Prabhakar Pachphute’s perspective
Prabhakar Pachpute could have become a coal miner. Instead, he became an artist. But he has returned time and again to the dystopian landscapes of his childhood.
A Google image search of Sasti village, Maharashtra, where Pachpute was born, throws up nothing remotely idyllic. Instead, what one finds are images of high-tension wires, factory chimneys and cooling towers, sundry politicians, medicines and Google Earth and Wikimapia panels depicting areas of mining—a smorgasbord, it would seem, of what describes Sasti today.
After he completed his master’s in fine arts from Maharaja Sayajirao University of Baroda, Pachpute’s work as an artist has essentially been a study of mining and, to use a justifiable double entendre, its pitfalls. Continuing in the thematic vein of his earlier solo work, 2012’s Canary In A Coalmine and 2013’s The Land Eaters, Pachpute, 31, returns with Shadows On Arrival, a solo exhibition currently showing at Kolkata’s Experimenter gallery: a revisiting of a bleak and bare, colourless world, and the consequent mutation of humans and machines.
In his spare, treeless vision of mining dystopia, the artist returns with his Kafkaesque leitmotif of the metamorphosed man: the headless farmer; miners who have antennas, ploughs and whirring blades instead of heads; even the man in a jacket and necktie whose hollowed out arm has a coal-laden railway wagon entering the dark cavity. In Pachpute’s world, even machines sometimes have extensions that resemble human body parts; a two-way transmutation that summarizes the life of the miner and the land to which he belongs.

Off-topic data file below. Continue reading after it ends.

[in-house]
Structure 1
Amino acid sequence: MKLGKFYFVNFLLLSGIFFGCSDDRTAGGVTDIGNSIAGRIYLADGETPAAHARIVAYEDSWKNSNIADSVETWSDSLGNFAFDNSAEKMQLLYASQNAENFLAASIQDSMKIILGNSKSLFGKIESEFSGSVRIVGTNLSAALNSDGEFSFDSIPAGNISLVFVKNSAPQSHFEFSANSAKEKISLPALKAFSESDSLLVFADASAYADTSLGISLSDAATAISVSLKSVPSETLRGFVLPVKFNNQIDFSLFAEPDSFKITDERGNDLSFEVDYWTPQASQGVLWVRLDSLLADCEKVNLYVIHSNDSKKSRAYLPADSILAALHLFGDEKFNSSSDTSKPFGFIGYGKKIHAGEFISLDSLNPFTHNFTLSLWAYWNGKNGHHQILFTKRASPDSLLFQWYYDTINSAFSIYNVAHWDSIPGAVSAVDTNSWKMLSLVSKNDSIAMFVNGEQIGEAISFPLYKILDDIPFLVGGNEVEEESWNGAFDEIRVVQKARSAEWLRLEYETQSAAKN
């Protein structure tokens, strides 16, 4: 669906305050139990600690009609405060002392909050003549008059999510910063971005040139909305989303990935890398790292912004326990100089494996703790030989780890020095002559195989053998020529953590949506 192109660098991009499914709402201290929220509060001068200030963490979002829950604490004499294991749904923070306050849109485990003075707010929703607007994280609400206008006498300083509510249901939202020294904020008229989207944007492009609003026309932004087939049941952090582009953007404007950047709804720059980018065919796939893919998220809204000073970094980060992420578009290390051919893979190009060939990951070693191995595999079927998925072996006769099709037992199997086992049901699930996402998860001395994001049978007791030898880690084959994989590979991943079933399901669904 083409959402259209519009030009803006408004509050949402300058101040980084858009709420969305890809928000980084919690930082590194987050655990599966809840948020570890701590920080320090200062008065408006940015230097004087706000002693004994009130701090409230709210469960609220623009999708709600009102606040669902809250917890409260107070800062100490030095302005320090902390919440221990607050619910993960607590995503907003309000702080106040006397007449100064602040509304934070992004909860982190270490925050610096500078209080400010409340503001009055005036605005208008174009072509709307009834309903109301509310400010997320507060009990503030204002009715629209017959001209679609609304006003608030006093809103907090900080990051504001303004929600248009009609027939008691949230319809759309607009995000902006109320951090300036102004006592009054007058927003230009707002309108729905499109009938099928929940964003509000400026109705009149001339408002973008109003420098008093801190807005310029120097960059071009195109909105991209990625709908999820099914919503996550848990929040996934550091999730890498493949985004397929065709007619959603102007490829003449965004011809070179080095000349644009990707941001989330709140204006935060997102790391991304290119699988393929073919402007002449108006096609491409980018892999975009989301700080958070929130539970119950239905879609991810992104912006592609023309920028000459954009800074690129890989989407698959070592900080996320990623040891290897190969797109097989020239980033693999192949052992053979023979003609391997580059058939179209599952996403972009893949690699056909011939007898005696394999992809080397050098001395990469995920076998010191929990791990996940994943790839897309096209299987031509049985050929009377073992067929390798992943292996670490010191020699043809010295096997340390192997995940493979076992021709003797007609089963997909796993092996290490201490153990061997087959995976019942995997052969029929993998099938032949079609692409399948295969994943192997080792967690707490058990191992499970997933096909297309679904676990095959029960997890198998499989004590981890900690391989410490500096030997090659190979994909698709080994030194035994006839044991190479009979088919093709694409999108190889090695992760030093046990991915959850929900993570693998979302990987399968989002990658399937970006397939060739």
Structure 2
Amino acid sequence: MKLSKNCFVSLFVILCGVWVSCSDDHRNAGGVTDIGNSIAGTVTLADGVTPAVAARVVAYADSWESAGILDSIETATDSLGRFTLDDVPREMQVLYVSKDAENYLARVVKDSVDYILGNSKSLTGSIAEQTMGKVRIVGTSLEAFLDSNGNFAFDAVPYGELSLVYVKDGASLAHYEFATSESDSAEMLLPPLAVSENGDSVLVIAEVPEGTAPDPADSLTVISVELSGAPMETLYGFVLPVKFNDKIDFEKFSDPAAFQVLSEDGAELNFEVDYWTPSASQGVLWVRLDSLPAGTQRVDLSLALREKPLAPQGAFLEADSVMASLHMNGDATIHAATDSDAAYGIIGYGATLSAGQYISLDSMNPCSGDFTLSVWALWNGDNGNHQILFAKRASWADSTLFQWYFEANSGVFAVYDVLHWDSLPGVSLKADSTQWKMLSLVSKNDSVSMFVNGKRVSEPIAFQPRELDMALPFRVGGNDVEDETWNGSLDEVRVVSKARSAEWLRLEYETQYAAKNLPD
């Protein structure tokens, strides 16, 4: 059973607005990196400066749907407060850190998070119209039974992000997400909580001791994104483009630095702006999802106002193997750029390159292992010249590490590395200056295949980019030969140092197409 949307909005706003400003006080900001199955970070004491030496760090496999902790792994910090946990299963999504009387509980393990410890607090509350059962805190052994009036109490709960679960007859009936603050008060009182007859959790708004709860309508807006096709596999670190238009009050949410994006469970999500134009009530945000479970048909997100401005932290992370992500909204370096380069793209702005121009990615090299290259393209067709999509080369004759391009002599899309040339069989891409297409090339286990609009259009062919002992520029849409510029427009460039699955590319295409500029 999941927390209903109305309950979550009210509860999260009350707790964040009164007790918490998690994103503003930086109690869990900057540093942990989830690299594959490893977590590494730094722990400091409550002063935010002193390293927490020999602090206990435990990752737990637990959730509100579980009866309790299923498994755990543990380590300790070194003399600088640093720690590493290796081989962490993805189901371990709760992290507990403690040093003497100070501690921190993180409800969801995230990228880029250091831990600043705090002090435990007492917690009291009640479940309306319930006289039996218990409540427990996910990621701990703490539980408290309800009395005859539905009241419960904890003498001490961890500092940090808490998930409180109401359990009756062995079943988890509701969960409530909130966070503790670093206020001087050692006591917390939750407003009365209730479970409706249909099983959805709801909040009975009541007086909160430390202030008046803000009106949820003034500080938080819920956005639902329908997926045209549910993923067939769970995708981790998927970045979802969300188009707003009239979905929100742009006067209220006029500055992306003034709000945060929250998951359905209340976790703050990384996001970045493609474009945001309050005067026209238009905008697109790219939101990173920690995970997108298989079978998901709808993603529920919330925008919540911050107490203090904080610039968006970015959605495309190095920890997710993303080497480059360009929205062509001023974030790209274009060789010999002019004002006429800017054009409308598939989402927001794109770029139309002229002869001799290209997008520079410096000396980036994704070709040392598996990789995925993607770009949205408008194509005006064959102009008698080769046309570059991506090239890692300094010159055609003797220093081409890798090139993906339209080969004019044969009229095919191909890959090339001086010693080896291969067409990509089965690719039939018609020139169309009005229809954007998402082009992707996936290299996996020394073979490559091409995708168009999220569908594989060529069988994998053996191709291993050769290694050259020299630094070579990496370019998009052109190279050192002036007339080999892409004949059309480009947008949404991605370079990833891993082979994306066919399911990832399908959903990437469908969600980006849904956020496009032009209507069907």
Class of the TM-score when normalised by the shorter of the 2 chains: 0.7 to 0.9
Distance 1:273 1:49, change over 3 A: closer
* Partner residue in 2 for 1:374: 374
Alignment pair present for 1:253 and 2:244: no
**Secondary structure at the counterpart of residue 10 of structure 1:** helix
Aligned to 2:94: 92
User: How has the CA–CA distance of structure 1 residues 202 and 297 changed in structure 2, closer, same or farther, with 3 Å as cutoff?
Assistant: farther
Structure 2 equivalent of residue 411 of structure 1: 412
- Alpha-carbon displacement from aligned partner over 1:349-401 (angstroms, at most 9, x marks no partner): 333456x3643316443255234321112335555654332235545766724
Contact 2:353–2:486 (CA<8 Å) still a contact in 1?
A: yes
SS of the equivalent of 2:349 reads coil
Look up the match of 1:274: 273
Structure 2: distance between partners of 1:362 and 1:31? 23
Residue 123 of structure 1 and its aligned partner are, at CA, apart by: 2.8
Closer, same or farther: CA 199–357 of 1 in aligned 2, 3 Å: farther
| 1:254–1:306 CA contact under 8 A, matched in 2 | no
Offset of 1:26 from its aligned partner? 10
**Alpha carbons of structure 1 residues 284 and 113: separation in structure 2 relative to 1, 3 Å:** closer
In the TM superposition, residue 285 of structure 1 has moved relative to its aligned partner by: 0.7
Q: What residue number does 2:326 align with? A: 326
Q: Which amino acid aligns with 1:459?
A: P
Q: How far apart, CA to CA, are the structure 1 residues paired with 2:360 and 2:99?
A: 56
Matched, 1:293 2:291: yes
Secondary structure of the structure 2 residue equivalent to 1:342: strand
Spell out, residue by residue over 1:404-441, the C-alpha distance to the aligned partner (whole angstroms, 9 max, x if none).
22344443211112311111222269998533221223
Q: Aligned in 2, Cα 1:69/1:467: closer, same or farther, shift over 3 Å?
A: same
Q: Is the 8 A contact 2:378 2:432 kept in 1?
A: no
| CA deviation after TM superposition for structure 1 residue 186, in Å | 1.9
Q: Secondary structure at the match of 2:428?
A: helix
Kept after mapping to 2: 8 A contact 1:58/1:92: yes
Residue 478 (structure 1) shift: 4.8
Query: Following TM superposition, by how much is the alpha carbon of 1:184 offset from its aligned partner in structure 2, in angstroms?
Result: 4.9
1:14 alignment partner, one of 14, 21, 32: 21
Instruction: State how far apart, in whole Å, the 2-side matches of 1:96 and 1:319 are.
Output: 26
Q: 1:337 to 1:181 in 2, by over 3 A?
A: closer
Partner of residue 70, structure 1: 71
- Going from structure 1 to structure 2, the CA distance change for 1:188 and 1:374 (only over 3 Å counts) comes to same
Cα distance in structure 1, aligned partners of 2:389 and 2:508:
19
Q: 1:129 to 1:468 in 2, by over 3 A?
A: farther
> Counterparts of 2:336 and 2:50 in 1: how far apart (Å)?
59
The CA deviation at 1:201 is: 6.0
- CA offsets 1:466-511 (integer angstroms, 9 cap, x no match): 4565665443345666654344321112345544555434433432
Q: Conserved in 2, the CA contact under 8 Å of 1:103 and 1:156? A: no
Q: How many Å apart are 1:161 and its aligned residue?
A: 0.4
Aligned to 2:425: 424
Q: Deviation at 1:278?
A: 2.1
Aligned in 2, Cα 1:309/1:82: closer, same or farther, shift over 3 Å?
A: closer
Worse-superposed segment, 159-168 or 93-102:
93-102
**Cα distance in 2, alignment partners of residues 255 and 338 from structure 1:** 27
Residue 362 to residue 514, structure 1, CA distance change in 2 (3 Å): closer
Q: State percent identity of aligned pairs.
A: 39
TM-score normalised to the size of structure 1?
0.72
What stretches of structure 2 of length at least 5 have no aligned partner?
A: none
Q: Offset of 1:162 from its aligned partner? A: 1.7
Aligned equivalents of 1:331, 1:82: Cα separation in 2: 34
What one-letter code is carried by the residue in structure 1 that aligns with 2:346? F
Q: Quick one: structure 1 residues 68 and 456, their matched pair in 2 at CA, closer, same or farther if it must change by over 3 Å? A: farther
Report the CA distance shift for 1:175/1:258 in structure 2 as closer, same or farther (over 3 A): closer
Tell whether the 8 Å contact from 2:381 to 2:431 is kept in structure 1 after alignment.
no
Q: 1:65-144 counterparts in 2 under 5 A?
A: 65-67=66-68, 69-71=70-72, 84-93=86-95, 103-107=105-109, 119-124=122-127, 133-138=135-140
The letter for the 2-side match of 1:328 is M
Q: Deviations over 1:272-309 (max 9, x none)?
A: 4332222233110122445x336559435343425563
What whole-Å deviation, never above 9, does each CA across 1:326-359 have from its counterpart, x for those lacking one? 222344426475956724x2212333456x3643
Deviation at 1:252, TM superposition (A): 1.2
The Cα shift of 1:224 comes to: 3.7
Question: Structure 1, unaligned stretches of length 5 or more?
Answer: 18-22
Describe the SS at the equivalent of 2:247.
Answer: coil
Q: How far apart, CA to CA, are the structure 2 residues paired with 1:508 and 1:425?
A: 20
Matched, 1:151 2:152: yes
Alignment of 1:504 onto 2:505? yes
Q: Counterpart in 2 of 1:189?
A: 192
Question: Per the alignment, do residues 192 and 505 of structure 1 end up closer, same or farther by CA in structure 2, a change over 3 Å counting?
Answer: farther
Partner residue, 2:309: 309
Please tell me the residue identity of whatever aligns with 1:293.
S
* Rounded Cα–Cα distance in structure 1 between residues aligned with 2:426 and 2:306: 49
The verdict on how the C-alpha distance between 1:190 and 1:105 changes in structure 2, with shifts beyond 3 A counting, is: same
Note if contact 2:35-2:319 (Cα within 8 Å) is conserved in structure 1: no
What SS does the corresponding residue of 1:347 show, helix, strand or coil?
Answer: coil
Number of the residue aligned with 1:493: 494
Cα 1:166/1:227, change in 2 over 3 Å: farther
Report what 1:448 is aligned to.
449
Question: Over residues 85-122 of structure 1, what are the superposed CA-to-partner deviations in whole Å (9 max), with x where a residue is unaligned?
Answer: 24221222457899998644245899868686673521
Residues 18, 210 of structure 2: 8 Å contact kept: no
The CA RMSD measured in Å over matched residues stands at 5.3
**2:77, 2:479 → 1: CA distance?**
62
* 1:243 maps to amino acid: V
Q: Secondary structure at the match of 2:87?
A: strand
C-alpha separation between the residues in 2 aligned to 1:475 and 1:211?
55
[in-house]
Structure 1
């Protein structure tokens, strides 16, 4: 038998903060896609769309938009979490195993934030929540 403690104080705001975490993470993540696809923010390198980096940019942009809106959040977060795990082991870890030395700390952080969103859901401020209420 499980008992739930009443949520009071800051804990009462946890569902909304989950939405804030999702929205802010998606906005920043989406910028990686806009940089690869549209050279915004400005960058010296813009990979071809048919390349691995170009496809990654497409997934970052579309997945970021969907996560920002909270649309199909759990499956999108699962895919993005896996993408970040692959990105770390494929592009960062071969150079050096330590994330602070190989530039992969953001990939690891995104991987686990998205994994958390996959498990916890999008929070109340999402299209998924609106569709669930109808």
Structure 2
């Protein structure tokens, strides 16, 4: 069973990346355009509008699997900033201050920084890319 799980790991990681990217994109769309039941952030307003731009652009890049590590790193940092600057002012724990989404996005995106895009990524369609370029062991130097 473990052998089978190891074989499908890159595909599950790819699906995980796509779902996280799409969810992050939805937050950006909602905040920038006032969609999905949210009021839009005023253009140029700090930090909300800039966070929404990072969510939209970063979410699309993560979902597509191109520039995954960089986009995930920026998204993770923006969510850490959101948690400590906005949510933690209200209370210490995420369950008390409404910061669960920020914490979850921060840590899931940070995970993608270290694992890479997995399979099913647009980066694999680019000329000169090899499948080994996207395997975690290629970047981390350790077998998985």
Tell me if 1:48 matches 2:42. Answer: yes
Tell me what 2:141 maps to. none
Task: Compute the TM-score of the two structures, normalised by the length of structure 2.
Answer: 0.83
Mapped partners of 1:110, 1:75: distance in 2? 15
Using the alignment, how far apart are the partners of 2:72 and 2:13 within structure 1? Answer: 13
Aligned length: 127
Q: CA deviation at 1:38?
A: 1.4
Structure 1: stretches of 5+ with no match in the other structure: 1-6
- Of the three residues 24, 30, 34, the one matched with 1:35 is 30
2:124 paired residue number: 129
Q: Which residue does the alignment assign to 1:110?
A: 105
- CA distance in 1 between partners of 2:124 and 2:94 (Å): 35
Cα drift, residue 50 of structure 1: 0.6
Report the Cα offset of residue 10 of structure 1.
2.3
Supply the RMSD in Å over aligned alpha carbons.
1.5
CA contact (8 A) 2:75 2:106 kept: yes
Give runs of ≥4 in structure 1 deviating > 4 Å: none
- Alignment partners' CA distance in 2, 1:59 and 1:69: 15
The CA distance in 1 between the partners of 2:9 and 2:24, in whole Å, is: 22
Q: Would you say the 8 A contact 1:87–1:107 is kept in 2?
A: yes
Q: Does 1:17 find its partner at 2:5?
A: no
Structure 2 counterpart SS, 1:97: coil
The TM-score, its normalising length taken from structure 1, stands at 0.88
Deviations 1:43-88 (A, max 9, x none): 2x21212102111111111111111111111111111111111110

Pachpute knows this life personally. When the mining companies first arrived in Maharashtra’s Chandrapur district, Pachpute’s grandfather was coerced into selling his land and becoming a coal miner. In 1984, his brother sold off the family’s remaining land and took up the compensatory job offered by Western Coalfields Ltd. “In my opinion, there isn’t any possibility of reviving the land, which had been mined, especially in the open-pit mining process. After digging so much, the earth automatically loses its biodiversity and the soil gets contaminated. It is really hard to grow anything there,” he says on email from Hong Kong, where his work was being exhibited.
Shadows On Arrival poses questions on ecological sustainability that could be juxtaposed against the coal fires that have raged on for over a century in Jharia, a result of unchecked and unplanned mining. Using charcoal “for its deep graphic quality and sense of temporality”, the largest painting in Shadows On Arrival has a human figure looming in exaggerated fashion over the scene, multiplied in scale many more times than even the machinery and the quarried landscape—the menacingly oversized representation could well be a metaphor for human hunger for dominance over nature. At Experimenter, the long shadow of the viewer is cast on Pachpute’s clay installation of a pastiche of mining life in the middle of the gallery, symbolic of our own culpability.
“Mining is one of the major activities tied to many other small and big businesses such as steel plants, thermal power plants, coke (fuel) plants. It is the same with other natural resources which have other businesses depending on them. It’s all about the resources,” he writes. “It’s true that the world is unable to wish mining away, but we do have a sad history of the leftover (land left fallow and unusable) from mining. My question is, how do we deal with these issues?”
He travelled to countries like Brazil, Colombia and Poland, often encountering people completely dehumanized by the mining industry, but it was in Germany’s Ruhr valley that Pachpute found an open-pit mining zone transformed into a kind of amphitheatre and cultural public space—a transformation within the post-industrial gloom that “impressed” him. “Since then, I have started looking at mining with a different perspective,” the artist says.
Shadows On Arrival is on till 29 April at the Experimenter gallery in Kolkata.